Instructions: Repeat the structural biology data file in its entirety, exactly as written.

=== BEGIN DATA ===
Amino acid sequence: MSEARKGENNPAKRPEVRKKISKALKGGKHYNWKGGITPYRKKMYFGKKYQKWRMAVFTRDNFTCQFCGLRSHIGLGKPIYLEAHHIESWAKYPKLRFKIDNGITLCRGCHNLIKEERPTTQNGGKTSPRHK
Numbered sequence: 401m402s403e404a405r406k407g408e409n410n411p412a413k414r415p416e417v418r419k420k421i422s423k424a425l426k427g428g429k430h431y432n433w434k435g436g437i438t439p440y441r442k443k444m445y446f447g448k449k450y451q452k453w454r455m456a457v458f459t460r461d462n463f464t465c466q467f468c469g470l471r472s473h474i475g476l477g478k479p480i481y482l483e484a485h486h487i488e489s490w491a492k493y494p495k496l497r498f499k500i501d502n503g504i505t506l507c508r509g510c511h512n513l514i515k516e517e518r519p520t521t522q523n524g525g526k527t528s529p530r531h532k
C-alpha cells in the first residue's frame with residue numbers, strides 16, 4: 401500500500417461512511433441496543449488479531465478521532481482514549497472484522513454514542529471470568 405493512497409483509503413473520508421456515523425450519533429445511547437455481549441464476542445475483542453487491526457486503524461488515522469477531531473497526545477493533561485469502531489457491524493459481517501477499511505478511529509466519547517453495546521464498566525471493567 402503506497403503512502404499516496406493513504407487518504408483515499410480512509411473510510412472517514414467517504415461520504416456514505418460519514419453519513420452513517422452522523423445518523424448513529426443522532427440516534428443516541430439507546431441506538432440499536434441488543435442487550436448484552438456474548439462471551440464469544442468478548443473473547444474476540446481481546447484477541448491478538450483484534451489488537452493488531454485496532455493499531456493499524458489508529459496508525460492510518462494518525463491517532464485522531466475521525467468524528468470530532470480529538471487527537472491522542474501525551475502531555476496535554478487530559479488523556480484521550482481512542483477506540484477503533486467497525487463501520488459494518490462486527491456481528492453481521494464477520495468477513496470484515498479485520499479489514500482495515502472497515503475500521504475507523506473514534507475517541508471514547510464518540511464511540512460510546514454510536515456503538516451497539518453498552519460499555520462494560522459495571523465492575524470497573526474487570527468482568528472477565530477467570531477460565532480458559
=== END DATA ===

Amino acid sequence: MSEARKGENNPAKRPEVRKKISKALKGGKHYNWKGGITPYRKKMYFGKKYQKWRMAVFTRDNFTCQFCGLRSHIGLGKPIYLEAHHIESWAKYPKLRFKIDNGITLCRGCHNLIKEERPTTQNGGKTSPRHK
Numbered sequence: 401m402s403e404a405r406k407g408e409n410n411p412a413k414r415p416e417v418r419k420k421i422s423k424a425l426k427g428g429k430h431y432n433w434k435g436g437i438t439p440y441r442k443k444m445y446f447g448k449k450y451q452k453w454r455m456a457v458f459t460r461d462n463f464t465c466q467f468c469g470l471r472s473h474i475g476l477g478k479p480i481y482l483e484a485h486h487i488e489s490w491a492k493y494p495k496l497r498f499k500i501d502n503g504i505t506l507c508r509g510c511h512n513l514i515k516e517e518r519p520t521t522q523n524g525g526k527t528s529p530r531h532k
C-alpha cells in the first residue's frame with residue numbers, strides 16, 4: 401500500500417461512511433441496543449488479531465478521532481482514549497472484522513454514542529471470568 405493512497409483509503413473520508421456515523425450519533429445511547437455481549441464476542445475483542453487491526457486503524461488515522469477531531473497526545477493533561485469502531489457491524493459481517501477499511505478511529509466519547517453495546521464498566525471493567 402503506497403503512502404499516496406493513504407487518504408483515499410480512509411473510510412472517514414467517504415461520504416456514505418460519514419453519513420452513517422452522523423445518523424448513529426443522532427440516534428443516541430439507546431441506538432440499536434441488543435442487550436448484552438456474548439462471551440464469544442468478548443473473547444474476540446481481546447484477541448491478538450483484534451489488537452493488531454485496532455493499531456493499524458489508529459496508525460492510518462494518525463491517532464485522531466475521525467468524528468470530532470480529538471487527537472491522542474501525551475502531555476496535554478487530559479488523556480484521550482481512542483477506540484477503533486467497525487463501520488459494518490462486527491456481528492453481521494464477520495468477513496470484515498479485520499479489514500482495515502472497515503475500521504475507523506473514534507475517541508471514547510464518540511464511540512460510546514454510536515456503538516451497539518453498552519460499555520462494560522459495571523465492575524470497573526474487570527468482568528472477565530477467570531477460565532480458559